IVDR Transition
Why was Change Needed
What is changing
How will this impact industry readiness to IVDR
Don’t Delay

In this blog we look at the impact of the recent announcement of the IVDR transition. Abingdon Health’s team has over 20 years’ experience in the lateral flow market and is a knowledge leader in the scale-up, transfer, manufacturing and regulatory approval of lateral flow products across a range of sectors including clinical (self-test, point of care), animal health, plant pathogen and environmental testing

IVDR Transition has been extended 

On the 25 April 2024, the European Parliament unanimously approved the proposal to amend the EU MDR (2017/745) and IVDR (2017/746) regarding the gradual roll out of the Eudamed obligation sighting concern of supply interruption and the transitional arrangements for certain in vitro diagnostic medical devices (IVDs).

The amendment has been requested by industry to ensure continued access to critical diagnostic products, essential for a smooth running European healthcare system, and offering a high level of protection to patients and users of diagnostic tests.

Why was change needed

The IVDR has applied for placing IVDs onto the EU market since 26 May 2022, replacing the existing IVD Directive 98/79/EC, this required that all devices, including legacy devices, must meet a higher level of regulatory compliance. In January 2022, the European Parliament and Council adopted an extension to the transitional arrangement, with extended timelines based on the risk classification of devices:

Risk Class Current deadlines for compliance
Class D (Highest Risk) 26 May 2025
Class C 26 May 2026
Class B, Class A Sterile 26 May 2027
New devices, Class A (Lowest Risk) 26 May 2022 (No extension)
Devices used in Healthcare Institution 26 May 2028

The original transitional extension was intended to ease the pressure on implementation issues and delay experienced with infrastructure (including Eudamed), Notified Body availability and manufacturing readiness, all of which were impacted by the Covid-19 outbreak.

While the transitions had allowed some breathing space, the industry is facing an uphill struggle to be ready to meet these dates.

What is changing

  1. Further transitional extension for some devices

With the exception of legacy devices that do not require conformity assessment (Class A and devices used in Healthcare Institutions), additional time is being added to the transition time for IVDR, and existing devices can continue to be placed on the EU market until the following dates:

Risk Class New deadlines for compliance
Class D 31 December 2027
Class C 31 December 2028
Class B, Class A Sterile 31 December 2029

To use these timelines however, manufacturers must comply with certain conditions including:

  • The devices are CE marked under the IVD Directive,
  • There are no significant changes to the design or intended purpose,
  • A Quality Management System compliant to IVDR shall be put in place by 26 May 2026,
  • A formal application shall be lodged with a notified body 2 years prior to the dates above
  1. Bringing forward the mandatory use of  the Eudamed database includes seven electronic elements including UDI, Vigilance and Market Surveillance. The earlier mandatory use of some Eudamed module would offer an enhanced adoption for this critical element of IVDR deployment.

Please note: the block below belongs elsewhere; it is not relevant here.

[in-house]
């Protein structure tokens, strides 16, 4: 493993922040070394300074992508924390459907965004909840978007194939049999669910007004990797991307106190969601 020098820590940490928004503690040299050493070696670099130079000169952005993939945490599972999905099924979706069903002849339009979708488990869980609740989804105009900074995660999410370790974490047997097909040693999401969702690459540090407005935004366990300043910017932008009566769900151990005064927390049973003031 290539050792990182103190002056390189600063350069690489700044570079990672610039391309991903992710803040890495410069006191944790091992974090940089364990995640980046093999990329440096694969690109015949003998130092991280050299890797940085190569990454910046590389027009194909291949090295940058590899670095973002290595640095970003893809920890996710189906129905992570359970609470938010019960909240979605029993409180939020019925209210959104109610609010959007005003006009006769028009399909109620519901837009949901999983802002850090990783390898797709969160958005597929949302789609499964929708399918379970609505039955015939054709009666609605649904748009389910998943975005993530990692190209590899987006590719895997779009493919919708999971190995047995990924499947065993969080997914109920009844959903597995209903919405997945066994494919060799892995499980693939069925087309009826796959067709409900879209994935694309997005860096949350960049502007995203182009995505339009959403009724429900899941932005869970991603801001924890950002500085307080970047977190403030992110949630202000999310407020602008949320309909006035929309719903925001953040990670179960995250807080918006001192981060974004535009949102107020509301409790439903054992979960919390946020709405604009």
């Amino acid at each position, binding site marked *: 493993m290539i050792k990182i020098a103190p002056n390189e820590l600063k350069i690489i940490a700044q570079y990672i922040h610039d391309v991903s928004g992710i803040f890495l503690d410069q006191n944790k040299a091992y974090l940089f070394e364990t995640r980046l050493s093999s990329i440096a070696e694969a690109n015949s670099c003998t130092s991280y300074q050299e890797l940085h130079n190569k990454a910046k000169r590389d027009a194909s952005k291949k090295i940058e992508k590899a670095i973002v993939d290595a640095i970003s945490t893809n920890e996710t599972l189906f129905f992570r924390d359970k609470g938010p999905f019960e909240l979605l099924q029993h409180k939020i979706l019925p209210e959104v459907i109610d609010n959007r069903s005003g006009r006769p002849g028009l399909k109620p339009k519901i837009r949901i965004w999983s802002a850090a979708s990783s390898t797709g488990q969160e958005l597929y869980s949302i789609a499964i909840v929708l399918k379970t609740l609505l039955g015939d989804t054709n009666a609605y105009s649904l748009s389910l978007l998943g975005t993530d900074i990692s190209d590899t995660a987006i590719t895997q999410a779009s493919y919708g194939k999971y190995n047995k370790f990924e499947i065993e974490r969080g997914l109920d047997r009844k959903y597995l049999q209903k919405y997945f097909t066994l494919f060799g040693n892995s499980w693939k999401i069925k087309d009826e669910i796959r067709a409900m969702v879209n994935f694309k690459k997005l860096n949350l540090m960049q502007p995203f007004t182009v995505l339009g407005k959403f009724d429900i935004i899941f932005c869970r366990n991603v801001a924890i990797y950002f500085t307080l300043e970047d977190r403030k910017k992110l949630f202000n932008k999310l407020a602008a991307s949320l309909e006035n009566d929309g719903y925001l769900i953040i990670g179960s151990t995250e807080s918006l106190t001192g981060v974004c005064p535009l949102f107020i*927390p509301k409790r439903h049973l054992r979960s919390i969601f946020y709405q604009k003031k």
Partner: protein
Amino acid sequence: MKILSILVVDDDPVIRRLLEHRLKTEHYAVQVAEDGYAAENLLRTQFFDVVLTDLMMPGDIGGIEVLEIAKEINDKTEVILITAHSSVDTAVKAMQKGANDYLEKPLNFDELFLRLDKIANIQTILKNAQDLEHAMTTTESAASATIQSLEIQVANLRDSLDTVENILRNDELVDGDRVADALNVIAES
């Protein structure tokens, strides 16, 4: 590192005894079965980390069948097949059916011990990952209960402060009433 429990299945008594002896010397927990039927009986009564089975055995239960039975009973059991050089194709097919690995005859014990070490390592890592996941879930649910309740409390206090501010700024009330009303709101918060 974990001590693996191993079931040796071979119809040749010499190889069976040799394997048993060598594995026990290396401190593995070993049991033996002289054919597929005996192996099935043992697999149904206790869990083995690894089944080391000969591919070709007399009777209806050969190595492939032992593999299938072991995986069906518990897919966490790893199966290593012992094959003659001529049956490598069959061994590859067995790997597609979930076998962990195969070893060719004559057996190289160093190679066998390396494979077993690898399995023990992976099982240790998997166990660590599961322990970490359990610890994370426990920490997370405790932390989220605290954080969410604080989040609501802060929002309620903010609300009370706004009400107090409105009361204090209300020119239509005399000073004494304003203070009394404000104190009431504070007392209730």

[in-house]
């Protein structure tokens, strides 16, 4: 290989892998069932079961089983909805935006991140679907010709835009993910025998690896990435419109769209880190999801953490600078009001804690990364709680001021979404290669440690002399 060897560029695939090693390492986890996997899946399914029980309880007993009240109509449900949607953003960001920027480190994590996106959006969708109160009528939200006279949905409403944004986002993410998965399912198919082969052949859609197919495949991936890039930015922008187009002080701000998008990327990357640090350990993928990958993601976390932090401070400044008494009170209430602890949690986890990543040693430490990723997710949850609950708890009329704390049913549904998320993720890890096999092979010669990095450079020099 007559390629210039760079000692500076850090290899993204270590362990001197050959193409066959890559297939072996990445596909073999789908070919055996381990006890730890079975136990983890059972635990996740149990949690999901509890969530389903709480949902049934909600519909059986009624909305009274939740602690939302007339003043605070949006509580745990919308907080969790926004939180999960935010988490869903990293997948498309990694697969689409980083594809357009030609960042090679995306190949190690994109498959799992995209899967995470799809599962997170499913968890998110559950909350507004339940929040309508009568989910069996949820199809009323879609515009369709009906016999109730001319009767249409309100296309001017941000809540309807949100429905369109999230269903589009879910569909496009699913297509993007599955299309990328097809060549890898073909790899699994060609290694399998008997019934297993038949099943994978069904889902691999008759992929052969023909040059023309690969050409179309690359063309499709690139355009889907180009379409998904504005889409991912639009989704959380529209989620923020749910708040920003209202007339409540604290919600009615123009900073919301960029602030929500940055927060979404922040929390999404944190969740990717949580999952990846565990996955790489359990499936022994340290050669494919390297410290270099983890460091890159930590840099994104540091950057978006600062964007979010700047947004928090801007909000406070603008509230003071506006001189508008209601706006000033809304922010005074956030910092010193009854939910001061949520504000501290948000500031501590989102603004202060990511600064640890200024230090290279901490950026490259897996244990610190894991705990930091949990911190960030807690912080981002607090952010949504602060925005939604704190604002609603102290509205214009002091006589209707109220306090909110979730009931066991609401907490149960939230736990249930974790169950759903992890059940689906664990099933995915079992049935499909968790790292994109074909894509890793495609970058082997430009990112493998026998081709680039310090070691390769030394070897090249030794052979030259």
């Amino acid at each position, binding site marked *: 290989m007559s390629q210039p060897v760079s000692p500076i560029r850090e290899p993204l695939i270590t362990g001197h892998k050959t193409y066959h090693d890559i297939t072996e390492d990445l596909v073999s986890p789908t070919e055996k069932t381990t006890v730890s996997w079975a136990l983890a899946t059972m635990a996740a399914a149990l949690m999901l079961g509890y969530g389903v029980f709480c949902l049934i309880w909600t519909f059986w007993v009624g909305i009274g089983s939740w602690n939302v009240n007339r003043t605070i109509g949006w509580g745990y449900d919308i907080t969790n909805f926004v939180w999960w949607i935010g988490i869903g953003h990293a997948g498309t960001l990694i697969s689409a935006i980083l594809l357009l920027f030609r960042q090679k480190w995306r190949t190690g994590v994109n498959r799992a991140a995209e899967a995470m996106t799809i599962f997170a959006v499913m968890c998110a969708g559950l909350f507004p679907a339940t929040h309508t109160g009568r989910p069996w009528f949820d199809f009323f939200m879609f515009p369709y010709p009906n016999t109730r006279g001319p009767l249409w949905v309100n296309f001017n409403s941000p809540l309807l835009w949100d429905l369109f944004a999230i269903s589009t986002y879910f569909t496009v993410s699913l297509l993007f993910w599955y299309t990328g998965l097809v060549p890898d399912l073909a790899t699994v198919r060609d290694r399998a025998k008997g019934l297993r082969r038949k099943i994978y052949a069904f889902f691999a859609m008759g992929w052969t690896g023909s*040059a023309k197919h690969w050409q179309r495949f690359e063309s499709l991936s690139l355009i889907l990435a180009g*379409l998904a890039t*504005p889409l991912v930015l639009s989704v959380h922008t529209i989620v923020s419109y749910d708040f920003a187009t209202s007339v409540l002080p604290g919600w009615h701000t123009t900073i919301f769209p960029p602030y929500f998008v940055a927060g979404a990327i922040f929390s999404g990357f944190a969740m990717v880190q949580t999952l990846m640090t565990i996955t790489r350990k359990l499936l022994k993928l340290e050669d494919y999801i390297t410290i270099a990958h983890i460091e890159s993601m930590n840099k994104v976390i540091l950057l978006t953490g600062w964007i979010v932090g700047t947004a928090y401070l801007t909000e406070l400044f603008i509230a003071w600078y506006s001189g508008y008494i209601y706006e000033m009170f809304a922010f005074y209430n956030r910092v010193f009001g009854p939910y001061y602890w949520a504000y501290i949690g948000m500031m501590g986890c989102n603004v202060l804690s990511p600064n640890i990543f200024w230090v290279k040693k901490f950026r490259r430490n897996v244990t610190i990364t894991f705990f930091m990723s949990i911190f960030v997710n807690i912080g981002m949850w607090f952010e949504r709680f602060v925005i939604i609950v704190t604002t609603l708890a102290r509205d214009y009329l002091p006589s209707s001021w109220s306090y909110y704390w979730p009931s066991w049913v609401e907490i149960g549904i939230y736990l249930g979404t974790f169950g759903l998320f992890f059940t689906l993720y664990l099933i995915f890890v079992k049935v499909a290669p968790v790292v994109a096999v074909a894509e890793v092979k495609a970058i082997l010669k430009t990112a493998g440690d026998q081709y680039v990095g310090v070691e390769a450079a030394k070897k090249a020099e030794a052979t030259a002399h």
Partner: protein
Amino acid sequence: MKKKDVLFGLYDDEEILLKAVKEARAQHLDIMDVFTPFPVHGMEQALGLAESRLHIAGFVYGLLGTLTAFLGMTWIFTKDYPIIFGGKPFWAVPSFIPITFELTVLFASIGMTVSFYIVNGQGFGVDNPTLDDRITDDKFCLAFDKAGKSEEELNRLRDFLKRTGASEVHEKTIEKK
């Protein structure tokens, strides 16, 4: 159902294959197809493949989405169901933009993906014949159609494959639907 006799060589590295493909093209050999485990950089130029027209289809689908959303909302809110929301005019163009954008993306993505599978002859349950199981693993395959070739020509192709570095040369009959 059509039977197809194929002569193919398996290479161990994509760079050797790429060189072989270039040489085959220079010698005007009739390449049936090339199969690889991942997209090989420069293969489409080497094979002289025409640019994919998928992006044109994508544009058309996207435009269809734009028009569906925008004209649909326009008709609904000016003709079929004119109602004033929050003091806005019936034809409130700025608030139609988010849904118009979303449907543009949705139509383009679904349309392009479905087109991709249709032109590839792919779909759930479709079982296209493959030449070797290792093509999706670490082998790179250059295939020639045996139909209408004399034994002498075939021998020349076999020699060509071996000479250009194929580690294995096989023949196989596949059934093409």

2. Prior notice if supply of an IVD is stopped. To reduce the risk of device shortages, the proposal includes a requirement whereby Manufacturers are required to inform their relevent competent authority and health institutions if there is a temporary, or permanent interruption in the supply of their IVDs, especially if there are few or no alternative products, or where there is a risk of serious harm to patients or public health.

 How will this impact industry readiness to IVDR

The proposal offers a short-term solution for the current state of readiness in the industry for IVDR, especially for Class D devices, which often include low volume, but highly critical diagnostics which were at risk of not meeting IVDR compliance before the deadline of May 2025.

The proposal also encourages an increased usage of Eudamed, which has seen low adoption (caused in part by the delays to each module) by manufacturers within the UDI and Devices module.

In a wider sense, the commission is trying to mitigate the risk of supply shortages as a result of the IVDR transition, although it is currently up to the manufacturer to determine the severity of risk to supply for their products.

Don’t delay

The proposal allows a collective sigh of relief, allowing the industry more time to prepare the technical documentation and engage with a notified body. However, in reality the additional timelines do not offer time to pause. The additional 2-year delay allows the completion of the conformity assessment process, it does not provide any further time for getting the QMS ready for the IVDR.

At Abingdon Health, we have decades of regulatory experience within the IVD and MDR landscape and are available to support your needs in making the transitions as smooth as possible. Contact a member of the team using the contact form below to discuss this subject in confidence.

Note: This blog contains a summary of the key changes within the proposal, it is important that Manufacturers read and understand the proposal in full and get independent legal advice if required.



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